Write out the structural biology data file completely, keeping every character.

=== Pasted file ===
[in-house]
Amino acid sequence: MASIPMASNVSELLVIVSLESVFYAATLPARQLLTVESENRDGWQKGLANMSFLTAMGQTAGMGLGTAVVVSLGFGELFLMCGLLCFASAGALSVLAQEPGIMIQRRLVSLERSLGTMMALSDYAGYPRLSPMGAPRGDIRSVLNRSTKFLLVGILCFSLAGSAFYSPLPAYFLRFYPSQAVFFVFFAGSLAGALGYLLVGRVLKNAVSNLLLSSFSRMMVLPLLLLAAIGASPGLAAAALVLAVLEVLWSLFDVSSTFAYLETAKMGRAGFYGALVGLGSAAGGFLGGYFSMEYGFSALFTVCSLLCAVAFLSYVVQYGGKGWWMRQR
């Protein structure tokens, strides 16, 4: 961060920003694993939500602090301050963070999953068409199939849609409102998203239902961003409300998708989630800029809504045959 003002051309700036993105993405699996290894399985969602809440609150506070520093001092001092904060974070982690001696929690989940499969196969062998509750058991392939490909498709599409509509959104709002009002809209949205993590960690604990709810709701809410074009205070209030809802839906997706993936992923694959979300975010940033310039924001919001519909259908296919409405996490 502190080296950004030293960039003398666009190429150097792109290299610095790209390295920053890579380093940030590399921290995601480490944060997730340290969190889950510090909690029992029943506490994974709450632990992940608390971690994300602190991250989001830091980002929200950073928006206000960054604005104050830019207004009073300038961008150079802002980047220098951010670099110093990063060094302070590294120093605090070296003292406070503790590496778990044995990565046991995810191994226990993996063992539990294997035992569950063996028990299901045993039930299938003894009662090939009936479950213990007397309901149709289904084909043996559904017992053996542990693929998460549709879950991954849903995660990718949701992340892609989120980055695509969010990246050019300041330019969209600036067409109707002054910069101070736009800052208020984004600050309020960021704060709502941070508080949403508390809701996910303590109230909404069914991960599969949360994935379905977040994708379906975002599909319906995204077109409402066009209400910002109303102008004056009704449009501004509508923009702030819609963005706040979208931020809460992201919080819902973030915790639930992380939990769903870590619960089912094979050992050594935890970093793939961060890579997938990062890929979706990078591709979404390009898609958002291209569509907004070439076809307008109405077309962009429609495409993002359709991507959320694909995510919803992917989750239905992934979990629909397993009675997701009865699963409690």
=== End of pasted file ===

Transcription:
[in-house]
Amino acid sequence: MASIPMASNVSELLVIVSLESVFYAATLPARQLLTVESENRDGWQKGLANMSFLTAMGQTAGMGLGTAVVVSLGFGELFLMCGLLCFASAGALSVLAQEPGIMIQRRLVSLERSLGTMMALSDYAGYPRLSPMGAPRGDIRSVLNRSTKFLLVGILCFSLAGSAFYSPLPAYFLRFYPSQAVFFVFFAGSLAGALGYLLVGRVLKNAVSNLLLSSFSRMMVLPLLLLAAIGASPGLAAAALVLAVLEVLWSLFDVSSTFAYLETAKMGRAGFYGALVGLGSAAGGFLGGYFSMEYGFSALFTVCSLLCAVAFLSYVVQYGGKGWWMRQR
């Protein structure tokens, strides 16, 4: 961060920003694993939500602090301050963070999953068409199939849609409102998203239902961003409300998708989630800029809504045959 003002051309700036993105993405699996290894399985969602809440609150506070520093001092001092904060974070982690001696929690989940499969196969062998509750058991392939490909498709599409509509959104709002009002809209949205993590960690604990709810709701809410074009205070209030809802839906997706993936992923694959979300975010940033310039924001919001519909259908296919409405996490 502190080296950004030293960039003398666009190429150097792109290299610095790209390295920053890579380093940030590399921290995601480490944060997730340290969190889950510090909690029992029943506490994974709450632990992940608390971690994300602190991250989001830091980002929200950073928006206000960054604005104050830019207004009073300038961008150079802002980047220098951010670099110093990063060094302070590294120093605090070296003292406070503790590496778990044995990565046991995810191994226990993996063992539990294997035992569950063996028990299901045993039930299938003894009662090939009936479950213990007397309901149709289904084909043996559904017992053996542990693929998460549709879950991954849903995660990718949701992340892609989120980055695509969010990246050019300041330019969209600036067409109707002054910069101070736009800052208020984004600050309020960021704060709502941070508080949403508390809701996910303590109230909404069914991960599969949360994935379905977040994708379906975002599909319906995204077109409402066009209400910002109303102008004056009704449009501004509508923009702030819609963005706040979208931020809460992201919080819902973030915790639930992380939990769903870590619960089912094979050992050594935890970093793939961060890579997938990062890929979706990078591709979404390009898609958002291209569509907004070439076809307008109405077309962009429609495409993002359709991507959320694909995510919803992917989750239905992934979990629909397993009675997701009865699963409690």